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Shin Godzilla Is Highest-Earning Domestic Live-Action Japanese Film Since 2013

posted on by Rafael Antonio Pineda
Film has earned 8 billion yen, sold 5.5 million tickets after 111 days in box office

Hideaki Anno and Shinji Higuchi's Shin Godzilla film has earned a total of 8,001,673,200 yen (about US$73.15 million) and sold 5,513,652 tickets as of Wednesday, after 111 days in the Japanese box office. The film is the highest-earning domestic live-action film made since 2013's The Eternal Zero, which earned 8.76 billion yen (about US$84.5 million at the time).

The film opened in Japan on July 29. Shin Godzilla represents the latest in TOHO's film series after a 12-year absence since 2004's Godzilla: Final Wars. The film has surpassed the earnings and ticket sales of director Anno's previous film, Evangelion: 3.0 You Can (Not) Redo. Co-directing with the Evangelion creator was Higuchi, Anno's frequent collaborator and the director of the live-action Attack on Titan films.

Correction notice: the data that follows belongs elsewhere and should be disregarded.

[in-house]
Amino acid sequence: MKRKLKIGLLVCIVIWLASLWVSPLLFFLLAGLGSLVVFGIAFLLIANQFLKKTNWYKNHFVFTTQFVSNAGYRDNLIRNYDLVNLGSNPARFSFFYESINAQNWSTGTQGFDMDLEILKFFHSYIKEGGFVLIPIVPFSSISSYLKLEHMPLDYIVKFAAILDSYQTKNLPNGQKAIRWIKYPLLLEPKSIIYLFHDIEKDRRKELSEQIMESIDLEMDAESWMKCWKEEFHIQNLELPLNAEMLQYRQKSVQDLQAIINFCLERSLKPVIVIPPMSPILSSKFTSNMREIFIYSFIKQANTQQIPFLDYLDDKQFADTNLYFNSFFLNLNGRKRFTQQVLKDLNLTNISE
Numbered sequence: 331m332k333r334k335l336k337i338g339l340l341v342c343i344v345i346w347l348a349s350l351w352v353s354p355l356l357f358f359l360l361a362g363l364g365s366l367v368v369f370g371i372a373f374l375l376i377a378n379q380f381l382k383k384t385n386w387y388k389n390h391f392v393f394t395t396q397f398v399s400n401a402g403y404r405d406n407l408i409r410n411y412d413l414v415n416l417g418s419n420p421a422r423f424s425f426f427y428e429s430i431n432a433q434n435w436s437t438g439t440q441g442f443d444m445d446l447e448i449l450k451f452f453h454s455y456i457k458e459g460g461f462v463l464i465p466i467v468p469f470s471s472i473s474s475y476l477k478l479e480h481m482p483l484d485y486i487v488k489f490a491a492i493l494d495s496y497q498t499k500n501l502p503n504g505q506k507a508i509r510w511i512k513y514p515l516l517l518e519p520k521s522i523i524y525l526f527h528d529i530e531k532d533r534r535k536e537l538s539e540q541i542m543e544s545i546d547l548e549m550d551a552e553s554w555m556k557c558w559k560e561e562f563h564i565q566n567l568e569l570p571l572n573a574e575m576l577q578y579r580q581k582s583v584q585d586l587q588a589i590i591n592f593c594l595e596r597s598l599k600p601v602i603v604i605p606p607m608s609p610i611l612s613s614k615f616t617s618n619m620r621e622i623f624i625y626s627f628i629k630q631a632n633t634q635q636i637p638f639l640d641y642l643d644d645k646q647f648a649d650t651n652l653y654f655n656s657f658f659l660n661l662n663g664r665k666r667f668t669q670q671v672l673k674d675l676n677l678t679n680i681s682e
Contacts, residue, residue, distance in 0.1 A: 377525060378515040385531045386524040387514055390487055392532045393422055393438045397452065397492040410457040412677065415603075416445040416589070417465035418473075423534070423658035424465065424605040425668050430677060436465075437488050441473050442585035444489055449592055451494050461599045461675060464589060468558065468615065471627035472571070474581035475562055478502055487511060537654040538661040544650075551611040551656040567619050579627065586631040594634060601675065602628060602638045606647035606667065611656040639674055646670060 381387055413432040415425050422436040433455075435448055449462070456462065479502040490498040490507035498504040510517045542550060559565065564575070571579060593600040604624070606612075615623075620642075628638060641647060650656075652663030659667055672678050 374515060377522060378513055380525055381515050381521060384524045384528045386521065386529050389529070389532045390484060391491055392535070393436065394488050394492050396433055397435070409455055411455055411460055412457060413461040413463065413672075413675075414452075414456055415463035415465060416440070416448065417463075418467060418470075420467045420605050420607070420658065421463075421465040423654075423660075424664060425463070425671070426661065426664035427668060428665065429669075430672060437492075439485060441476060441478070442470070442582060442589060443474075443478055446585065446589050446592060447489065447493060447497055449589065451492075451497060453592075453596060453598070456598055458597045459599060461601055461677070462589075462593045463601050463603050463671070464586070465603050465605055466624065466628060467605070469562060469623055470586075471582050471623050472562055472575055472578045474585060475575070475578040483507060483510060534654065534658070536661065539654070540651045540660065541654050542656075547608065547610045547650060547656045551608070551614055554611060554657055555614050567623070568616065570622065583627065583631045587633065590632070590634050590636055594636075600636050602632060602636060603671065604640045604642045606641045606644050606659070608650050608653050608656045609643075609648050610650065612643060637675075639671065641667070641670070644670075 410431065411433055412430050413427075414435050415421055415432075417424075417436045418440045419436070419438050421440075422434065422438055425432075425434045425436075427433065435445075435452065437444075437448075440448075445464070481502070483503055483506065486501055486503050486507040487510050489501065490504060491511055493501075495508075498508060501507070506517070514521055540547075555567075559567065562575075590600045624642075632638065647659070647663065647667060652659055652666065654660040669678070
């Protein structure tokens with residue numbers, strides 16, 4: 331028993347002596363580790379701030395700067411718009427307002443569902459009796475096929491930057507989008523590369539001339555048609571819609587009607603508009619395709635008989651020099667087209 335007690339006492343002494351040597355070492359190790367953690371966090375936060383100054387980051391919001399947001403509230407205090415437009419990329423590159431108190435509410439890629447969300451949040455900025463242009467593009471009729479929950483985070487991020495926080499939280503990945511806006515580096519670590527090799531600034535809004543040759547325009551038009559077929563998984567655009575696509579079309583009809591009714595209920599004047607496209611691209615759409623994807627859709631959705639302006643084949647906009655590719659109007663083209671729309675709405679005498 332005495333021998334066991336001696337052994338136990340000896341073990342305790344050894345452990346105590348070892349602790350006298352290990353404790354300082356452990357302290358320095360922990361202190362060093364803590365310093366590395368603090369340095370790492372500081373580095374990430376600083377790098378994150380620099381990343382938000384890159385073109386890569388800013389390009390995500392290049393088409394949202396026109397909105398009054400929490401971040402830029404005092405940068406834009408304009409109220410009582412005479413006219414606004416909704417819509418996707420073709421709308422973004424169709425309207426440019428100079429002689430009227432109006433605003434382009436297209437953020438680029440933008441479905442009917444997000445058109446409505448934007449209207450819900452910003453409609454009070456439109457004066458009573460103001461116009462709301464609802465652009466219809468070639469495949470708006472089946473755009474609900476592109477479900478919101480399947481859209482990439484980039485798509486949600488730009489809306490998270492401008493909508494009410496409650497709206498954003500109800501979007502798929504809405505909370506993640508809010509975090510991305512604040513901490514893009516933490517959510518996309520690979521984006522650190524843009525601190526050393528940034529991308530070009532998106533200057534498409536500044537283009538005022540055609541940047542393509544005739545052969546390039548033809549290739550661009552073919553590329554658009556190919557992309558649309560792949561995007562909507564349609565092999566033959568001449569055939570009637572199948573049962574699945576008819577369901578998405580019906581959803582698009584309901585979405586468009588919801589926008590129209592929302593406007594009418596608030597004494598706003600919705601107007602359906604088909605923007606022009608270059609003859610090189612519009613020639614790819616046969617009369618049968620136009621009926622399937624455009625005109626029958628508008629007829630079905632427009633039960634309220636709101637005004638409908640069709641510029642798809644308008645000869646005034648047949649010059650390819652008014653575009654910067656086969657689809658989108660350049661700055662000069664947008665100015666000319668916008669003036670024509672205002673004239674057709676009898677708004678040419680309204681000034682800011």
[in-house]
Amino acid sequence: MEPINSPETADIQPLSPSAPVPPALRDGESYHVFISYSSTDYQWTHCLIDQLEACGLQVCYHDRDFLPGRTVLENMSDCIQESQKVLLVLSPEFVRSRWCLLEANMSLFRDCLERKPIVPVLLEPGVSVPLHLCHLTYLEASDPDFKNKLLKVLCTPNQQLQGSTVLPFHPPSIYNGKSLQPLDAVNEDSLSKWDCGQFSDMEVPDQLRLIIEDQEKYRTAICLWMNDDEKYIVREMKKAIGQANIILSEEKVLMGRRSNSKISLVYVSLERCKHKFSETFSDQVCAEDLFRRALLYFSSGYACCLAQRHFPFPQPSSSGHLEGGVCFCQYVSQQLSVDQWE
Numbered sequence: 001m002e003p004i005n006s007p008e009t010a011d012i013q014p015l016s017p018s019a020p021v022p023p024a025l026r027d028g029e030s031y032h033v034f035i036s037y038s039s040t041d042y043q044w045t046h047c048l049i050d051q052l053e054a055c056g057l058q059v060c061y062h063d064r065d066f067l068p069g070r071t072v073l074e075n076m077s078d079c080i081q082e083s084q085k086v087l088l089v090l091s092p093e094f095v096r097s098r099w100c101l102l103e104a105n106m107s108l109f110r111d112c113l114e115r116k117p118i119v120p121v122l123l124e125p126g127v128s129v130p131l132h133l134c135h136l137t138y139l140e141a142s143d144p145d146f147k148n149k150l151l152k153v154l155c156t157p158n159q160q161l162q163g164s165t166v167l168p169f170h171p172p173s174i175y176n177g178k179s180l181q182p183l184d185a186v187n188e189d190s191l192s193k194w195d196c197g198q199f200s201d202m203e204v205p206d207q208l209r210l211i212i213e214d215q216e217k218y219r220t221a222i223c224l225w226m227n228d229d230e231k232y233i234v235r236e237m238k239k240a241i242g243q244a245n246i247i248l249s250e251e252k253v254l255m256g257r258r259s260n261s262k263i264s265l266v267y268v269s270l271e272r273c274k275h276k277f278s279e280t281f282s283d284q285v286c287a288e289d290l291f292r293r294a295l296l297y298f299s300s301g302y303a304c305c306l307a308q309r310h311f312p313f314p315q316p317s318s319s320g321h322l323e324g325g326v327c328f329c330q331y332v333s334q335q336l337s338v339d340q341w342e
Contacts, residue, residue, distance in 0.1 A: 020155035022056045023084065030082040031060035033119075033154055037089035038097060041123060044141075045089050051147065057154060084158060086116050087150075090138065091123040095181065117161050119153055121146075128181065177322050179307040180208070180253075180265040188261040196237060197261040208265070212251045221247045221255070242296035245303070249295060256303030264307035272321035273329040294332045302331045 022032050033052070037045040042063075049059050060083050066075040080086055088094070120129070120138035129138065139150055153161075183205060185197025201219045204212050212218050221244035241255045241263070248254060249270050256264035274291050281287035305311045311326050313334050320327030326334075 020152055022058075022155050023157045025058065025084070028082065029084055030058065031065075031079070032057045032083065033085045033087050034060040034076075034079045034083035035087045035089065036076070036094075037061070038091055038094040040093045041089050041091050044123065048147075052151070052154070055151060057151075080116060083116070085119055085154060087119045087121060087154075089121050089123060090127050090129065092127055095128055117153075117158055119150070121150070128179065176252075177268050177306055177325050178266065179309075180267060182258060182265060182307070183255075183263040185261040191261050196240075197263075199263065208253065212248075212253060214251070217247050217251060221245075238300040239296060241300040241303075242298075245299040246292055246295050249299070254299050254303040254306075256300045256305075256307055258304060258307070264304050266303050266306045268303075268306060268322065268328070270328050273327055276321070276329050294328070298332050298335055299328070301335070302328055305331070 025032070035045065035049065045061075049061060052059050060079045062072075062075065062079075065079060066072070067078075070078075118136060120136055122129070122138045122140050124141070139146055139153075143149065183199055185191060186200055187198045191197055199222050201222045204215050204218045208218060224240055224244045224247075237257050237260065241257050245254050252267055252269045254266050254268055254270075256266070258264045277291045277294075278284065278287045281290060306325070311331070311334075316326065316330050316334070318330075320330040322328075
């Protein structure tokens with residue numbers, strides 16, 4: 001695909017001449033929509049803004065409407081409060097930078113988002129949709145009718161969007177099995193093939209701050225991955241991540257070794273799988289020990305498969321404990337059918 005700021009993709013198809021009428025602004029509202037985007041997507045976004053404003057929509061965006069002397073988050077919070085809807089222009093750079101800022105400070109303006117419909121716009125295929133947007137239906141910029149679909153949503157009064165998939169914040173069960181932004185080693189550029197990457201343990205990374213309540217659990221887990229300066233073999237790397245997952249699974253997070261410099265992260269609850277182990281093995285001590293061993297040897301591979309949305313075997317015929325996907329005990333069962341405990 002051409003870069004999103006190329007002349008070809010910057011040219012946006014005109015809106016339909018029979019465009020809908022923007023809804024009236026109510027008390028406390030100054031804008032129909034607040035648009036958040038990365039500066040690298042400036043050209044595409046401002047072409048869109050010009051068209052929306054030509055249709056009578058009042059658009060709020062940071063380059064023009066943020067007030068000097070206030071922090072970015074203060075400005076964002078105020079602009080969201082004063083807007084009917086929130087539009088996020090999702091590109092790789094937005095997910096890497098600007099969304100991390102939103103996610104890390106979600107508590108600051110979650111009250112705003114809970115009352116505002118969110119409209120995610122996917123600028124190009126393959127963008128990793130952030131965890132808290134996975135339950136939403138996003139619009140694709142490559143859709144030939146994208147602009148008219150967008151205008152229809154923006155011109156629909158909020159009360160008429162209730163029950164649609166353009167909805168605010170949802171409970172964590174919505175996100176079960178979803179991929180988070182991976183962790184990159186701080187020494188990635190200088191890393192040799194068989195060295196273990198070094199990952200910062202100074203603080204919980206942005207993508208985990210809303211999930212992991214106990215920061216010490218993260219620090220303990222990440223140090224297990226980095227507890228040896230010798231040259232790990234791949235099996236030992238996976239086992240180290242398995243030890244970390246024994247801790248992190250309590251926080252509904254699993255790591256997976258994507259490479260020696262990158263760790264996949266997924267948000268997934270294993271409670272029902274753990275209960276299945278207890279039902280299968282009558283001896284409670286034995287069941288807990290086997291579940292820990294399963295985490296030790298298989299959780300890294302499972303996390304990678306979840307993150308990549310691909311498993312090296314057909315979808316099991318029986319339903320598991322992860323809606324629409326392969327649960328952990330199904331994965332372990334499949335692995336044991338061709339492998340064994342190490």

Funimation screened the film in theaters in North America, and it describes the film:

It's a peaceful day in Japan when a strange fountain of water erupts in the bay, causing panic to spread among government officials. At first, they suspect only volcanic activity, but one young executive dares to wonder if it may be something different… something alive. His worst nightmare comes to life when a massive, gilled monster emerges from the deep and begins tearing through the city, leaving nothing but destruction in its wake. As the government scrambles to save the citizens, a rag-tag team of volunteers cuts through a web of red tape to uncover the monster's weakness and its mysterious ties to a foreign superpower. But time is not on their side—the greatest catastrophe to ever befall the world is about to evolve right before their very eyes.

Funimation hosted two premieres for the film in Los Angeles on October 3 and in New York on October 5. The film began a wider screening run from October 11 to October 18 in over 440 theaters in the United States. Funimation then extended the North American screenings, with matinee and some daily screenings in over 200 theaters in Canada and the United States until October 27.

Source: Oricon Style via Otakomu


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